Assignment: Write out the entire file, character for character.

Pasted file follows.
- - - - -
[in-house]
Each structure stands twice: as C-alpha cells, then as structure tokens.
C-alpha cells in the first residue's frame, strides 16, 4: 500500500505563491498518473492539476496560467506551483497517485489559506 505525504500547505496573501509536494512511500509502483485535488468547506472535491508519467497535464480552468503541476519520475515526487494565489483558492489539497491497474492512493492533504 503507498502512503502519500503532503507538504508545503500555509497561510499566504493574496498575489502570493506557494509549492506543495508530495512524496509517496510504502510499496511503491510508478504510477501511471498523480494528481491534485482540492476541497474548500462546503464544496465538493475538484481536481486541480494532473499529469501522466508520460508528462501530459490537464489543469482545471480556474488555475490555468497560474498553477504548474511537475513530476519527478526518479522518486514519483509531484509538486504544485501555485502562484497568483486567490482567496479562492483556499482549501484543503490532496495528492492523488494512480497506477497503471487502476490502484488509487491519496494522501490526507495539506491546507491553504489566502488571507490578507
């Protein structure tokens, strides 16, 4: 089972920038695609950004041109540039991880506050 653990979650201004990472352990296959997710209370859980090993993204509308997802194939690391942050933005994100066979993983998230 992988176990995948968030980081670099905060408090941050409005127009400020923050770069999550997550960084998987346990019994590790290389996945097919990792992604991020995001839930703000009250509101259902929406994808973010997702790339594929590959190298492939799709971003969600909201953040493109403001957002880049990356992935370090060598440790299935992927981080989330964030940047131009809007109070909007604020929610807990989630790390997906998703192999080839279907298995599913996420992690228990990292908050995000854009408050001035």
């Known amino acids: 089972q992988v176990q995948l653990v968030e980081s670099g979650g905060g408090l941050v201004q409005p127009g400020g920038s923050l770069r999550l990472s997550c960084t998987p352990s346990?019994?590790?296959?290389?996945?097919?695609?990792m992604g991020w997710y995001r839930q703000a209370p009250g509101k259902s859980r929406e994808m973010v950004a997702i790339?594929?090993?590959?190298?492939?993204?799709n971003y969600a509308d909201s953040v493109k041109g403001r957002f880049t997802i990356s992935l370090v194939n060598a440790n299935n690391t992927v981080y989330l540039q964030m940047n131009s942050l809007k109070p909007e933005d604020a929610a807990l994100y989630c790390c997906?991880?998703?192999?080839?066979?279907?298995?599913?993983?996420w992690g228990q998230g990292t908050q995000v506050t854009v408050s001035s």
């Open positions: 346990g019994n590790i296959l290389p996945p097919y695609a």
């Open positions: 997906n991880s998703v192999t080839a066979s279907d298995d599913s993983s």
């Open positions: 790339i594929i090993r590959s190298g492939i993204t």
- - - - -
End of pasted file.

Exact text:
[in-house]
Each structure stands twice: as C-alpha cells, then as structure tokens.
C-alpha cells in the first residue's frame, strides 16, 4: 500500500505563491498518473492539476496560467506551483497517485489559506 505525504500547505496573501509536494512511500509502483485535488468547506472535491508519467497535464480552468503541476519520475515526487494565489483558492489539497491497474492512493492533504 503507498502512503502519500503532503507538504508545503500555509497561510499566504493574496498575489502570493506557494509549492506543495508530495512524496509517496510504502510499496511503491510508478504510477501511471498523480494528481491534485482540492476541497474548500462546503464544496465538493475538484481536481486541480494532473499529469501522466508520460508528462501530459490537464489543469482545471480556474488555475490555468497560474498553477504548474511537475513530476519527478526518479522518486514519483509531484509538486504544485501555485502562484497568483486567490482567496479562492483556499482549501484543503490532496495528492492523488494512480497506477497503471487502476490502484488509487491519496494522501490526507495539506491546507491553504489566502488571507490578507
């Protein structure tokens, strides 16, 4: 089972920038695609950004041109540039991880506050 653990979650201004990472352990296959997710209370859980090993993204509308997802194939690391942050933005994100066979993983998230 992988176990995948968030980081670099905060408090941050409005127009400020923050770069999550997550960084998987346990019994590790290389996945097919990792992604991020995001839930703000009250509101259902929406994808973010997702790339594929590959190298492939799709971003969600909201953040493109403001957002880049990356992935370090060598440790299935992927981080989330964030940047131009809007109070909007604020929610807990989630790390997906998703192999080839279907298995599913996420992690228990990292908050995000854009408050001035």
């Known amino acids: 089972q992988v176990q995948l653990v968030e980081s670099g979650g905060g408090l941050v201004q409005p127009g400020g920038s923050l770069r999550l990472s997550c960084t998987p352990s346990?019994?590790?296959?290389?996945?097919?695609?990792m992604g991020w997710y995001r839930q703000a209370p009250g509101k259902s859980r929406e994808m973010v950004a997702i790339?594929?090993?590959?190298?492939?993204?799709n971003y969600a509308d909201s953040v493109k041109g403001r957002f880049t997802i990356s992935l370090v194939n060598a440790n299935n690391t992927v981080y989330l540039q964030m940047n131009s942050l809007k109070p909007e933005d604020a929610a807990l994100y989630c790390c997906?991880?998703?192999?080839?066979?279907?298995?599913?993983?996420w992690g228990q998230g990292t908050q995000v506050t854009v408050s001035s």
């Open positions: 346990g019994n590790i296959l290389p996945p097919y695609a």
């Open positions: 997906n991880s998703v192999t080839a066979s279907d298995d599913s993983s």
């Open positions: 790339i594929i090993r590959s190298g492939i993204t």